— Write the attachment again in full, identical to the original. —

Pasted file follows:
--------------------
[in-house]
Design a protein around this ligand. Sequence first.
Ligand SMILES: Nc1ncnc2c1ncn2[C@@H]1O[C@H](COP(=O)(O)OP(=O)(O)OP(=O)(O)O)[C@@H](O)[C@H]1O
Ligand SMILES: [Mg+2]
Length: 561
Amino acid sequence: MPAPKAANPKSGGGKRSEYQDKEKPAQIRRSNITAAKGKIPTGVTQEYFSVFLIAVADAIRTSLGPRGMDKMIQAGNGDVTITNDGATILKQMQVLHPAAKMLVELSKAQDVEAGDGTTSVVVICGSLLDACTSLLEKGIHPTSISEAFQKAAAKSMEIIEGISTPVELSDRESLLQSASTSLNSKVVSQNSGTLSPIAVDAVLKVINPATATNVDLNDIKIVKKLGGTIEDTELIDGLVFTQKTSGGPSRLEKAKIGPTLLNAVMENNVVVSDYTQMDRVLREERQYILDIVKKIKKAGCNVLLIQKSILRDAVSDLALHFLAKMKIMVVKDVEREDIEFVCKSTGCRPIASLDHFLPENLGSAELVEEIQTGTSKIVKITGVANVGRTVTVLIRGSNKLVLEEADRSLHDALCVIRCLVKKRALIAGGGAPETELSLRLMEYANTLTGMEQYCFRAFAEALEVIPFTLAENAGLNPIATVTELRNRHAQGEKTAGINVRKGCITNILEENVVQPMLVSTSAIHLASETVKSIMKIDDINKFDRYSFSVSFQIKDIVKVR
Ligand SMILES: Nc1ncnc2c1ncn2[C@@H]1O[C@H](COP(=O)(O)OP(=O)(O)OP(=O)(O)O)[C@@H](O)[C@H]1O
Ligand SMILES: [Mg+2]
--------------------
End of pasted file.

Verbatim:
[in-house]
Design a protein around this ligand. Sequence first.
Ligand SMILES: Nc1ncnc2c1ncn2[C@@H]1O[C@H](COP(=O)(O)OP(=O)(O)OP(=O)(O)O)[C@@H](O)[C@H]1O
Ligand SMILES: [Mg+2]
Length: 561
Amino acid sequence: MPAPKAANPKSGGGKRSEYQDKEKPAQIRRSNITAAKGKIPTGVTQEYFSVFLIAVADAIRTSLGPRGMDKMIQAGNGDVTITNDGATILKQMQVLHPAAKMLVELSKAQDVEAGDGTTSVVVICGSLLDACTSLLEKGIHPTSISEAFQKAAAKSMEIIEGISTPVELSDRESLLQSASTSLNSKVVSQNSGTLSPIAVDAVLKVINPATATNVDLNDIKIVKKLGGTIEDTELIDGLVFTQKTSGGPSRLEKAKIGPTLLNAVMENNVVVSDYTQMDRVLREERQYILDIVKKIKKAGCNVLLIQKSILRDAVSDLALHFLAKMKIMVVKDVEREDIEFVCKSTGCRPIASLDHFLPENLGSAELVEEIQTGTSKIVKITGVANVGRTVTVLIRGSNKLVLEEADRSLHDALCVIRCLVKKRALIAGGGAPETELSLRLMEYANTLTGMEQYCFRAFAEALEVIPFTLAENAGLNPIATVTELRNRHAQGEKTAGINVRKGCITNILEENVVQPMLVSTSAIHLASETVKSIMKIDDINKFDRYSFSVSFQIKDIVKVR
Ligand SMILES: Nc1ncnc2c1ncn2[C@@H]1O[C@H](COP(=O)(O)OP(=O)(O)OP(=O)(O)O)[C@@H](O)[C@H]1O
Ligand SMILES: [Mg+2]